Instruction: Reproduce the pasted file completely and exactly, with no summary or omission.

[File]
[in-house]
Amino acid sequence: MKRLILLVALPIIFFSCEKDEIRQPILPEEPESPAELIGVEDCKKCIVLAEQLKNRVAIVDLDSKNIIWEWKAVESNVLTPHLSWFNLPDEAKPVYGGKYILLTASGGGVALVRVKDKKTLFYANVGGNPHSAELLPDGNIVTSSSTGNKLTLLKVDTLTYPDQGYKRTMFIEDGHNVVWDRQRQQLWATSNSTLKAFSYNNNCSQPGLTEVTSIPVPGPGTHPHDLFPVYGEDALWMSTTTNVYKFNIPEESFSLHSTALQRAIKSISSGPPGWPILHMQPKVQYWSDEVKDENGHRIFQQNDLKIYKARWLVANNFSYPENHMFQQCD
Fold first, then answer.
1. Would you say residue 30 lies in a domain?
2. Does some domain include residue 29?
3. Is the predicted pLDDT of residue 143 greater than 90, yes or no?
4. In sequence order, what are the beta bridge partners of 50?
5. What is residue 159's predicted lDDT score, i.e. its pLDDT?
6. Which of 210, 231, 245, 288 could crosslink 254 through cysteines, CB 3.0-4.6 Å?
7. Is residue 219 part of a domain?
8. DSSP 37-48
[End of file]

[in-house]
Amino acid sequence: MKRLILLVALPIIFFSCEKDEIRQPILPEEPESPAELIGVEDCKKCIVLAEQLKNRVAIVDLDSKNIIWEWKAVESNVLTPHLSWFNLPDEAKPVYGGKYILLTASGGGVALVRVKDKKTLFYANVGGNPHSAELLPDGNIVTSSSTGNKLTLLKVDTLTYPDQGYKRTMFIEDGHNVVWDRQRQQLWATSNSTLKAFSYNNNCSQPGLTEVTSIPVPGPGTHPHDLFPVYGEDALWMSTTTNVYKFNIPEESFSLHSTALQRAIKSISSGPPGWPILHMQPKVQYWSDEVKDENGHRIFQQNDLKIYKARWLVANNFSYPENHMFQQCD
Fold first, then answer.
1. Would you say residue 30 lies in a domain?
2. Does some domain include residue 29?
3. Is the predicted pLDDT of residue 143 greater than 90, yes or no?
4. In sequence order, what are the beta bridge partners of 50?
5. What is residue 159's predicted lDDT score, i.e. its pLDDT?
6. Which of 210, 231, 245, 288 could crosslink 254 through cysteines, CB 3.0-4.6 Å?
7. Is residue 219 part of a domain?
8. DSSP 37-48